By Grace Sim/Red Sports

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Daniel Moritz, Bevan Oh and Maximilian Oh (left to right) are all smiles at the end of a training session. (Photo 1 © Joseph Lee/Red Sports)

 

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If you think that wrestling is violent and not a sport for the young, you are twice mistaken. For 11-year-olds Baven Oh and Daniel Moritz, wrestling is not just simply tumbles and fun, but a lesson of control and respect.

Baven piped energetically: “I love wrestling because you learn techniques and you get to socialize as well. It’s not like WWE where there’s a lot of blood. A lot of people have misconceptions.”

His 13-year-old brother, Maximilian Oh, added: “Unlike other sports like boxing, [in wrestling] you control your energy, it’s not so violent and rough.”

Every Saturday morning, the Oh siblings arrive at Top Gym to learn basic wrestling techniques incorporated into fun games. The Kids Class is a satellite training programme designed for seven to 14 year olds, and is organized by the Wrestling Federation of Singapore and endorsed by the Singapore Sports Council.

It was easy to be fooled by the pint-size kids standing no taller than 150cm. They managed basic grappling and rolling techniques which when the sequences were combined, evolved into complex looking maneuvers that can subdue bigger counterparts. Under the watchful guidance of the instructors, the kids wrestled over the padded arena, learnt the art of control and turning defense into offense without any need for striking.

For Bob Oh, sending his children to learn wrestling has a lot to do with mutual respect and tolerance.

Bob said: “It’s a very technical sport and very different from the other [combat] sports. In this sport you don’t learn to hit somebody. You learn to subdue the person and you rely more on strategy.”

Despite his young age, Daniel Moritz has won several medals from junior wrestling competitions.

The 5th grader from Singapore American School exclaimed: “[Wrestling] is mostly grapples and stuff. It makes my muscles strong. When I first came here, I was wrestling all these guys that were bigger than me and I thought couldn’t beat them. But after I got more experience, [I realized] I can do this.”

Daniel’s father, David Moritz, has been very supportive of his son’s involvement in the sport.

Aside from it being his favourite sport in the past, David revealed: “Wrestling is a great sport for kids to learn. It develops the coordination, the strength, not only the body but the mental strength.”

He further explained that physical one-on-one combats are more engaging as they require a maintained intensity throughout the wrestle due to the proximity, thereby building mental toughness. David also commended the coach, Gabriel Huang and his assistants, for being very committed to the programme in developing athletes for the national level.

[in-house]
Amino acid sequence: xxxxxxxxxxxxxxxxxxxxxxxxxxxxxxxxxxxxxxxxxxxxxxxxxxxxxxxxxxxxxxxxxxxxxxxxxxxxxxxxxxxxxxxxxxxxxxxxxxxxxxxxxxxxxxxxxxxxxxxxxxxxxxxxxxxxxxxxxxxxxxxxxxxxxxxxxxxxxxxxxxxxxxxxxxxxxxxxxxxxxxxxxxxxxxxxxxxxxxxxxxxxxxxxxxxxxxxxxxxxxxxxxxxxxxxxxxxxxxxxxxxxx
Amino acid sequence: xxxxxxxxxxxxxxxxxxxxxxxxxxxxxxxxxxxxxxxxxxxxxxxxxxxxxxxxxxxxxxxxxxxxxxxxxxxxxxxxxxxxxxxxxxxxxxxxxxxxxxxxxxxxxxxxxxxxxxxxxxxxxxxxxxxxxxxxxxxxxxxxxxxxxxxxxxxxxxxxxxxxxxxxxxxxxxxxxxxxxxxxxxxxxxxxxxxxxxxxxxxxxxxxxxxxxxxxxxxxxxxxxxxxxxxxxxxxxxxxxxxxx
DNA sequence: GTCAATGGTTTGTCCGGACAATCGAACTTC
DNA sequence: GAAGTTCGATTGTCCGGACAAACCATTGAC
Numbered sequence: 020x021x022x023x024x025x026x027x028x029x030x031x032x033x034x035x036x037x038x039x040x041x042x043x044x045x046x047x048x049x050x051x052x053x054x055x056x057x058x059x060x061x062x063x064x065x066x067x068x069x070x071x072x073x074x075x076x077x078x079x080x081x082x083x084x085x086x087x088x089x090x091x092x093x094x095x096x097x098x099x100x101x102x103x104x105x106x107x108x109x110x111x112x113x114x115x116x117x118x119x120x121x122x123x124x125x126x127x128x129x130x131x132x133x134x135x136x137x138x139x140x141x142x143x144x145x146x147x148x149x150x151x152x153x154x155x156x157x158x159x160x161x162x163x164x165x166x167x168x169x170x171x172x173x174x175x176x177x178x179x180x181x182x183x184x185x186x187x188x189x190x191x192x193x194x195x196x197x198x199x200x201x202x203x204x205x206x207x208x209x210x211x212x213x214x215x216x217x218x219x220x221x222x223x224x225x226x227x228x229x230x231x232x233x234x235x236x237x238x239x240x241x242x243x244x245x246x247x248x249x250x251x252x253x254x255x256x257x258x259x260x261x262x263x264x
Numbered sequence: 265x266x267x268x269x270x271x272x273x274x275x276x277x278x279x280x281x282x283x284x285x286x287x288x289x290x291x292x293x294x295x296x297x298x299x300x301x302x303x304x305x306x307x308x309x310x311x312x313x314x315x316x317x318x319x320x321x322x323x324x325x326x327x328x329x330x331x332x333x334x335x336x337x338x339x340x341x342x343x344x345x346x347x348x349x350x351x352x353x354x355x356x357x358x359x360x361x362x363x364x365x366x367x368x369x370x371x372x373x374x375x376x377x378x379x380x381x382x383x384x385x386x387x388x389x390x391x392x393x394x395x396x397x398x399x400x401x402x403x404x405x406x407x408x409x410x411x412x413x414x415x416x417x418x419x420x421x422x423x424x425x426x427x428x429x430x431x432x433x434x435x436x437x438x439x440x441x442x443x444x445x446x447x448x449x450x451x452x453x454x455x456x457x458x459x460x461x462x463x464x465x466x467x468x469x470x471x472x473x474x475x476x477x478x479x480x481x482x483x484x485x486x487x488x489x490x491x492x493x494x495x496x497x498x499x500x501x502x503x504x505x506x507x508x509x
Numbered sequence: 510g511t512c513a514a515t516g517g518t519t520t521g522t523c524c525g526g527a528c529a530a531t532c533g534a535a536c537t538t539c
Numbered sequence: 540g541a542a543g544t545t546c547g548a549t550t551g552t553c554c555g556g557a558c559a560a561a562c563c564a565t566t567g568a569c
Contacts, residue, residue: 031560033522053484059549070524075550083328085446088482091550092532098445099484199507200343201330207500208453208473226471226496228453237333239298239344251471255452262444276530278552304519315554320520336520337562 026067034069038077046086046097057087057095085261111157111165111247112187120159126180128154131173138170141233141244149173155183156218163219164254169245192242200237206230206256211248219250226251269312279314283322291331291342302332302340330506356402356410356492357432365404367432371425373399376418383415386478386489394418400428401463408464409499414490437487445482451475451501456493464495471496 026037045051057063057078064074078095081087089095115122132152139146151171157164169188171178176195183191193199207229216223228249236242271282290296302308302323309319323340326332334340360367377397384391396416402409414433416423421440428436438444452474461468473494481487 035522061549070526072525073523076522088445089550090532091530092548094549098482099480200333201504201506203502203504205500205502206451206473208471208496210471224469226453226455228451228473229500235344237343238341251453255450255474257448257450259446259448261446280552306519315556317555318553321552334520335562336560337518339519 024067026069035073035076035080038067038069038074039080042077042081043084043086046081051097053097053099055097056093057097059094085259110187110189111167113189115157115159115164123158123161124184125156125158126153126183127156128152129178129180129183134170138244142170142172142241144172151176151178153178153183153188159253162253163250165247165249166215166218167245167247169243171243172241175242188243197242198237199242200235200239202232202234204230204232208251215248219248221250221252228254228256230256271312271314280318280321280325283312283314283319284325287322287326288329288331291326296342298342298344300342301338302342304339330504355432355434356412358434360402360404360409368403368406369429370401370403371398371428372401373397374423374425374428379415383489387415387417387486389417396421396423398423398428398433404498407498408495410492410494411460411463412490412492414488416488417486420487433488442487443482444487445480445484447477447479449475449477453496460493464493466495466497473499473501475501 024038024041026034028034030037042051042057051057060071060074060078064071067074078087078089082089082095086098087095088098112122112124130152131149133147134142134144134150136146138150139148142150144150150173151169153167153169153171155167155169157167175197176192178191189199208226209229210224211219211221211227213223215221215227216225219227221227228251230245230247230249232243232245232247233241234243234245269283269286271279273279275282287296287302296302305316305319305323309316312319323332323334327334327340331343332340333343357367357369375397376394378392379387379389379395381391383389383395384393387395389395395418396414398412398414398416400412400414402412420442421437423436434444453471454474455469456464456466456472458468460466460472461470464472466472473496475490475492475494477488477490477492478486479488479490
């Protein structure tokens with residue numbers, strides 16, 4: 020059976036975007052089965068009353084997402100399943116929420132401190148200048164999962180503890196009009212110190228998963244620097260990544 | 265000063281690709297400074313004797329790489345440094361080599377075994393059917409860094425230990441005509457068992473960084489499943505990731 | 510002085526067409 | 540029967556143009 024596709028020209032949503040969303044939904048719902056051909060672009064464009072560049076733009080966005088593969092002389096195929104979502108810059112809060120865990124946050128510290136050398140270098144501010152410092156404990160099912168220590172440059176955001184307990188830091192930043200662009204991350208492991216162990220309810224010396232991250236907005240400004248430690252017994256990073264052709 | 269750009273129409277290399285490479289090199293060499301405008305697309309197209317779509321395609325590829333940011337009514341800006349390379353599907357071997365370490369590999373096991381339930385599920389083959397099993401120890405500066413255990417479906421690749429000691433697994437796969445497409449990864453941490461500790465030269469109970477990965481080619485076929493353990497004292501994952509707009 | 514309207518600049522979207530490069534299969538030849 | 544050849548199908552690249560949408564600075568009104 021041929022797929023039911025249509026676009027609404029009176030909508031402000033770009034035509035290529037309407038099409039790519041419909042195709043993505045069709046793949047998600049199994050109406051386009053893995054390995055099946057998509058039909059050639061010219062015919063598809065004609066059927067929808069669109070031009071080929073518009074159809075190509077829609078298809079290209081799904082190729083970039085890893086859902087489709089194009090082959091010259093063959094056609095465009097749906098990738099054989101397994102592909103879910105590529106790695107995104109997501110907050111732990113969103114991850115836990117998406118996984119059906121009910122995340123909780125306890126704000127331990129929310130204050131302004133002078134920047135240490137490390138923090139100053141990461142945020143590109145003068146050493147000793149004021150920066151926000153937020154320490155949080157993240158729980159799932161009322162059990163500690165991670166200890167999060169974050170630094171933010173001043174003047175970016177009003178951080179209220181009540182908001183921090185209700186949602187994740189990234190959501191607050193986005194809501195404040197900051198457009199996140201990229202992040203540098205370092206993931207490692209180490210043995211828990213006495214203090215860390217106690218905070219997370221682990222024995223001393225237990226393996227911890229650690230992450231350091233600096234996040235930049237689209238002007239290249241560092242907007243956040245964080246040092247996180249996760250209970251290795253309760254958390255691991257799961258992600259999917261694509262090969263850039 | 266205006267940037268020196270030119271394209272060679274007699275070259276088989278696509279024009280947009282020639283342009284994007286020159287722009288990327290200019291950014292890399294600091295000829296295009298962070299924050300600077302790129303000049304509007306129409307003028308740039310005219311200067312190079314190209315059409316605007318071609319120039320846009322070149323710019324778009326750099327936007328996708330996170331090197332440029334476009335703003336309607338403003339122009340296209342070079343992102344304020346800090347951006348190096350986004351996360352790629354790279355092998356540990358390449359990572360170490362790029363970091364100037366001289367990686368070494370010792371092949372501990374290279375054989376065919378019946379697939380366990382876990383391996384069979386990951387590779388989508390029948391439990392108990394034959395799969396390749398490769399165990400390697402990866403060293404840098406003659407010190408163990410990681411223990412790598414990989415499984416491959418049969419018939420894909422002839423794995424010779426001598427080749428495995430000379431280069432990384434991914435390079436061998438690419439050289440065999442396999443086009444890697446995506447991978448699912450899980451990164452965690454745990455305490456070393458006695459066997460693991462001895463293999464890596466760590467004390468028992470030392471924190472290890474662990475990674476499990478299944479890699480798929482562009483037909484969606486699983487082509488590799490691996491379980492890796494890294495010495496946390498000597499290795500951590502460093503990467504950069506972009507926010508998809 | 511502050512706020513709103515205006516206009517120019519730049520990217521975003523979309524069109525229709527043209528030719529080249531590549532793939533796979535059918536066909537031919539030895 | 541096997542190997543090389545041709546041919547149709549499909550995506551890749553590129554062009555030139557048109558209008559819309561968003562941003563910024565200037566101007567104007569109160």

Indeed, the sport is steadily gaining recognition in the local scene. Huang commented on the rising popularity of the programme since its inception two years back.

“When we started out we had four students, now we have 16 to 20 [in the Kids Class]. We are also starting out more satellite centres around Singapore,” said Huang.

Internationally however, the wrestling world recently suffered a major setback after it was announced that the sport will be withdrawn from the Olympics. Wrestling is one of the best represented sports at the Olympics, with competitors from 71 countries at London 2012. The community was taken aback and the boys were particularly riled up by the news.

Bevan defended wrestling, saying: “It’s a good sport to have fun to, and relieve your stress. It’ll be good if they could continue it in the Olympics. I hope YOG won’t remove it too. If we do well now and we turn into teenagers, we might be able to go YOG. And if wrestling stays in Olympics, we might be able to go there too!”

Contrary to popular belief, wrestling is a highly technical sport and a far cry from the stunts portrayed on television’s WWE. The sport is low cost to pick up and does not require additional equipment to learn. In fact, when it comes to technicalities and the art of self defense, it is never too young to start.


Wrestling Kids Class Satellite Centres

Every Sat 10am – 11.30am at Top Gym Singapore (50 Macpherson Rd, Level 8) or
Every Tues 4.30pm – 6.30pm at Jurong Outdoor Futsal Centre (4, Fourth Chin Bee Rd)
Ages: 7 to 14 years old
Contact: +65 62804748
Email: [email protected]
For more information, go to: http://www.singaporewrestling.com/

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